When you told me you’re certain your interpretation of the Bible is the only interpretation — when you said the meaning of the Bible in whatever English translation you prefer is clear — when you said homosexuality was a “lifestyle choice” and an “abomination” and changed your mind to “orientation” when the science became clear — when you still insisted that our homosexual and transsexual and bisexual and pansexual and polysexual and queer and questioning and human neighbors may exist but may not practice their sexuality within the parameters of Godliness — when you said the theology on sexuality is different than our former, historical theological justifications for slavery or women remaining silent in church or the sun revolving around the earth — you lost me. When you said you believe in a static understanding of the Bible outside of context and history and oral recitation and science and poetry and translation — when you ditched the beautifully mysterious and mystical meanings of God’s Word who was made flesh in Jesus Christ — when you denied the Holy Spirit has come with fire to be an ongoing revelation to God’s people — you lost me completely.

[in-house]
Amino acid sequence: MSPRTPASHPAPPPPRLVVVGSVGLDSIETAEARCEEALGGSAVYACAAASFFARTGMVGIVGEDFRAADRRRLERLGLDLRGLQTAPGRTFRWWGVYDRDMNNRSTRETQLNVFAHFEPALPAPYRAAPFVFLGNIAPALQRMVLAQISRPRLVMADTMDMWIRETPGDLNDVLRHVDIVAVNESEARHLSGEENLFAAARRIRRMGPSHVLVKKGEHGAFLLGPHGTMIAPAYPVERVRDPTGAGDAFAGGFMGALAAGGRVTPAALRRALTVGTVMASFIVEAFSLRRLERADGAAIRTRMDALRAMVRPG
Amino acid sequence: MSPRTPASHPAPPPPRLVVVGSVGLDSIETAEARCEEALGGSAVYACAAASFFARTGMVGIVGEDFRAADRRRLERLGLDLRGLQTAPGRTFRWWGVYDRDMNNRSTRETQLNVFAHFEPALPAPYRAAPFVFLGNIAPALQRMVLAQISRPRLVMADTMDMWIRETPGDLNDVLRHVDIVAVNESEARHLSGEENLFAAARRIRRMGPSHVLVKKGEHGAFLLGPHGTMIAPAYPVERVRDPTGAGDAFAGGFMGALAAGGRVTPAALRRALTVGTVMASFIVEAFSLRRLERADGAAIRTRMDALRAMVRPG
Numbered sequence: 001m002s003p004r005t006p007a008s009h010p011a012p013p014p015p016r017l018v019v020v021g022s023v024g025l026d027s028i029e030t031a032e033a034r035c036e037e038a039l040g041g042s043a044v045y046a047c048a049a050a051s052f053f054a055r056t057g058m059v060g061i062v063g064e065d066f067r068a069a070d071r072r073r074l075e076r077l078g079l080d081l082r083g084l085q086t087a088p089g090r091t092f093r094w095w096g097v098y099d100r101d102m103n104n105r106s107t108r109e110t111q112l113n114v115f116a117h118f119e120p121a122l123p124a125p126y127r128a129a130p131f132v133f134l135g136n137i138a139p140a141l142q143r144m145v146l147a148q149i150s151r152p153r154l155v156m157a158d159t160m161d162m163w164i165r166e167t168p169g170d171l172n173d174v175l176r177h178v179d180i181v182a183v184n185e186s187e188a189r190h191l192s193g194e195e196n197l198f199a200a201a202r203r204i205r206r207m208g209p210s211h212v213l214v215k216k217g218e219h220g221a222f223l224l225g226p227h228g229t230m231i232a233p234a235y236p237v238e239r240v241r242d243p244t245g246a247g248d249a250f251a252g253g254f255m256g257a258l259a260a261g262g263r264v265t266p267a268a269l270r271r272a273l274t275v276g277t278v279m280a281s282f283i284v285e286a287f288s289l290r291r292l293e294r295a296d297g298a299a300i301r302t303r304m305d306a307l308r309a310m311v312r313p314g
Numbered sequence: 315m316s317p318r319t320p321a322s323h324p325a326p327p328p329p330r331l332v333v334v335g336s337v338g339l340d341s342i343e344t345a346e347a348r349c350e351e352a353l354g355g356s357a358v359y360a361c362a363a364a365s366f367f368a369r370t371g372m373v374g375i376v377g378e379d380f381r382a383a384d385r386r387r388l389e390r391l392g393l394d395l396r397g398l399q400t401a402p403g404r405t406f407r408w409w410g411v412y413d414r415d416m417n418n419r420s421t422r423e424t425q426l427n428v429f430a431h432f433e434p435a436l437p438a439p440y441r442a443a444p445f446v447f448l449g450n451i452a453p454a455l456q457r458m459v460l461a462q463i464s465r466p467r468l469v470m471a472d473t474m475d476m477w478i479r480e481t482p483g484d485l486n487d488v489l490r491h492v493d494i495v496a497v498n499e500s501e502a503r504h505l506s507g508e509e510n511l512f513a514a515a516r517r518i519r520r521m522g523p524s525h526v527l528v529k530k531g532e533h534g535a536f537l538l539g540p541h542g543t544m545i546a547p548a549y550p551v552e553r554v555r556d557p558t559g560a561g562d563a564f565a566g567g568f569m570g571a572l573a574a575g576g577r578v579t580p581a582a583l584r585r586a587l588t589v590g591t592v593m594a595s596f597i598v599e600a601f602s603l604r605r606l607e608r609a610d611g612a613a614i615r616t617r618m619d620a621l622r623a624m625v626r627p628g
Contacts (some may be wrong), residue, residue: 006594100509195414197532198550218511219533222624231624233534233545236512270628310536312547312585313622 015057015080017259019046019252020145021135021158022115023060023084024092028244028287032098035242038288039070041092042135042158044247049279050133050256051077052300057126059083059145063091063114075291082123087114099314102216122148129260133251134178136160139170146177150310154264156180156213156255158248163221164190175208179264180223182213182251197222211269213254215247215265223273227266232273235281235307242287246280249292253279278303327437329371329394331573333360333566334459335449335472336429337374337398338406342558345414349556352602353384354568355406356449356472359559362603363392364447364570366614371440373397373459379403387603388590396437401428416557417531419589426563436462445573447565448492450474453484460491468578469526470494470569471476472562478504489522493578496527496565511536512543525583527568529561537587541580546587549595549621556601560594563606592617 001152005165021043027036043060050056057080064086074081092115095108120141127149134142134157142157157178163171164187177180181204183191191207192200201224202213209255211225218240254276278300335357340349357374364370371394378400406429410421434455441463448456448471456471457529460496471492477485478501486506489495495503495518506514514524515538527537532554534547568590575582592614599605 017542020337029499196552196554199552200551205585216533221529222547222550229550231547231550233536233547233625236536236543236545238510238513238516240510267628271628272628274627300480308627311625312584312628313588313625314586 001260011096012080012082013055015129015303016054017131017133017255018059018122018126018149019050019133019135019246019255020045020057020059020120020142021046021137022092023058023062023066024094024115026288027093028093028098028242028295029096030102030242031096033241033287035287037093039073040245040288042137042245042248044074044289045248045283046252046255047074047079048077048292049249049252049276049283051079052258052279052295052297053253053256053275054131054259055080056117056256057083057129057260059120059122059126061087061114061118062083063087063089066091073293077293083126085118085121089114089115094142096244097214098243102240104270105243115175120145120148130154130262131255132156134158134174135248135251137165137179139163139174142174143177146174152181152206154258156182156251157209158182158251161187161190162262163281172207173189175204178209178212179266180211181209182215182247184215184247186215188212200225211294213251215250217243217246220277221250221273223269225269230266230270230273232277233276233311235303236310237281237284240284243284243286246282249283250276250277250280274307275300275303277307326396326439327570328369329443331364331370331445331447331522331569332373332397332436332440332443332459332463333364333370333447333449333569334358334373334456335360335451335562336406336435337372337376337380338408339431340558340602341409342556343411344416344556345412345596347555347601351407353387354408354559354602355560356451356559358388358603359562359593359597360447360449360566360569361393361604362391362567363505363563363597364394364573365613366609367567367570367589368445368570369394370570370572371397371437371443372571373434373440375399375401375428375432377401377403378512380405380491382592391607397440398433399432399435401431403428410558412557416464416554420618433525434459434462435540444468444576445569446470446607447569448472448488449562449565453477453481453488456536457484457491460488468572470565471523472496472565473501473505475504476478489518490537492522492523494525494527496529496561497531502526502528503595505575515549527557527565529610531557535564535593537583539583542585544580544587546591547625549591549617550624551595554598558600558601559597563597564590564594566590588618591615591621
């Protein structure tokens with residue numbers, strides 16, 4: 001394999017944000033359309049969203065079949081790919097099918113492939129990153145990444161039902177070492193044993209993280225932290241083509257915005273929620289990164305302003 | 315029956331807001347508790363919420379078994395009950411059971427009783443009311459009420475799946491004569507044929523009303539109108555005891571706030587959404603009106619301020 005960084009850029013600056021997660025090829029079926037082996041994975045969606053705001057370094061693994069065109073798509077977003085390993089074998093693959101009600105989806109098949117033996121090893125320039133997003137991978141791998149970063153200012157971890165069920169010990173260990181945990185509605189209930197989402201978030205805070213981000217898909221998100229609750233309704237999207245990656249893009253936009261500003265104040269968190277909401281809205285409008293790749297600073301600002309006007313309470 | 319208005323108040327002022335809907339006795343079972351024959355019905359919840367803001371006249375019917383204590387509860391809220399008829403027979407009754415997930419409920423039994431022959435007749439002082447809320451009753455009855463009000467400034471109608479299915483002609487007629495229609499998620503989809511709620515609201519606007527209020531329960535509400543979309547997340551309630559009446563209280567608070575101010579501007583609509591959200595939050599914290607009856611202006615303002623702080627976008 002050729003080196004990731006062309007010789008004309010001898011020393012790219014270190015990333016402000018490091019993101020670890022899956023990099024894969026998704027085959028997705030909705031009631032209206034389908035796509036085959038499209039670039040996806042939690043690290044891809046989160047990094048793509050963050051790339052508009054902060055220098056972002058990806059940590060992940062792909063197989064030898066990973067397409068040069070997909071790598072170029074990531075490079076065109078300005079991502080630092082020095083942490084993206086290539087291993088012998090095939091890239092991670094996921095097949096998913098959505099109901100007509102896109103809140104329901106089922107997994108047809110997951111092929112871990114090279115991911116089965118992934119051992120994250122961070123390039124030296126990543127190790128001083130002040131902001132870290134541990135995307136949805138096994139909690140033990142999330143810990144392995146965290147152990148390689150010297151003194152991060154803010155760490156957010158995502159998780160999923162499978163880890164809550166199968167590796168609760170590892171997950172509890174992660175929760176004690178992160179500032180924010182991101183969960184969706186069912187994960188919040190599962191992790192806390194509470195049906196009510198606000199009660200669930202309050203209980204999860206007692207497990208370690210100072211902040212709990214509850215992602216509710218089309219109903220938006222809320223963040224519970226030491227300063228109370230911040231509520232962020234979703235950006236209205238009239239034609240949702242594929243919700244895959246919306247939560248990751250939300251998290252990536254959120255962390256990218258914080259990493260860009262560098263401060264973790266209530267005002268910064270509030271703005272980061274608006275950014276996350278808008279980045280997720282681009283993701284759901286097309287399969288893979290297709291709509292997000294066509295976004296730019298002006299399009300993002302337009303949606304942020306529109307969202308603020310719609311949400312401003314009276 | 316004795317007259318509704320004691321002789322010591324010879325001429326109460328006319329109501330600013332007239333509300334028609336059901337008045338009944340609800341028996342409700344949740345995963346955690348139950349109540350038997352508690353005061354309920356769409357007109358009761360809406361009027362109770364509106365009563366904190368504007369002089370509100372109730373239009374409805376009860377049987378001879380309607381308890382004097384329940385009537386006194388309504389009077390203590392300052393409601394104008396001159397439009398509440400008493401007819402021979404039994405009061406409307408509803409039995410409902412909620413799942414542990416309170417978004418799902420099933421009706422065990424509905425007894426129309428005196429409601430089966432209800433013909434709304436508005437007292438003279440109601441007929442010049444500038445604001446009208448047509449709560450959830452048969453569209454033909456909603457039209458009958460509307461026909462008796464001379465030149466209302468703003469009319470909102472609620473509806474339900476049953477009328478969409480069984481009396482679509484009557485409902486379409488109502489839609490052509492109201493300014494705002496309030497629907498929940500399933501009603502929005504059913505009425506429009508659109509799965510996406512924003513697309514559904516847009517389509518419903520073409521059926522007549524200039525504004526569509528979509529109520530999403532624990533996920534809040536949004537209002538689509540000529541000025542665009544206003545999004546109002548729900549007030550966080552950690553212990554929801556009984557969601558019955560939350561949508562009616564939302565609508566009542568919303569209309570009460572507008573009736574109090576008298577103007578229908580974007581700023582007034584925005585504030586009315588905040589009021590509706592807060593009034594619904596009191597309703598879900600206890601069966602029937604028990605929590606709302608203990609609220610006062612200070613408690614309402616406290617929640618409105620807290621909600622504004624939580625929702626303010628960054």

When I watched people suffer and become more disenfranchised than ever because of your interpretation of Scripture and your imposition of that on their lives, so very unlike Jesus’ response to the marginalized, you lost me.

When you became more concerned about protecting our borders in the isolationism sweeping the globe than protecting the most vulnerable who are trying to flee to us, crying out for help — when you didn’t say like Jesus, “let the little children come to me” — you lost me.

When you told people to come as they are, and I knew it really, secretly meant “come as you are so we can change you, and if you fail to conform in time, you’ll have to leave” — when I berated myself for thinking that was uncharitable, and it ended up being true — you lost me.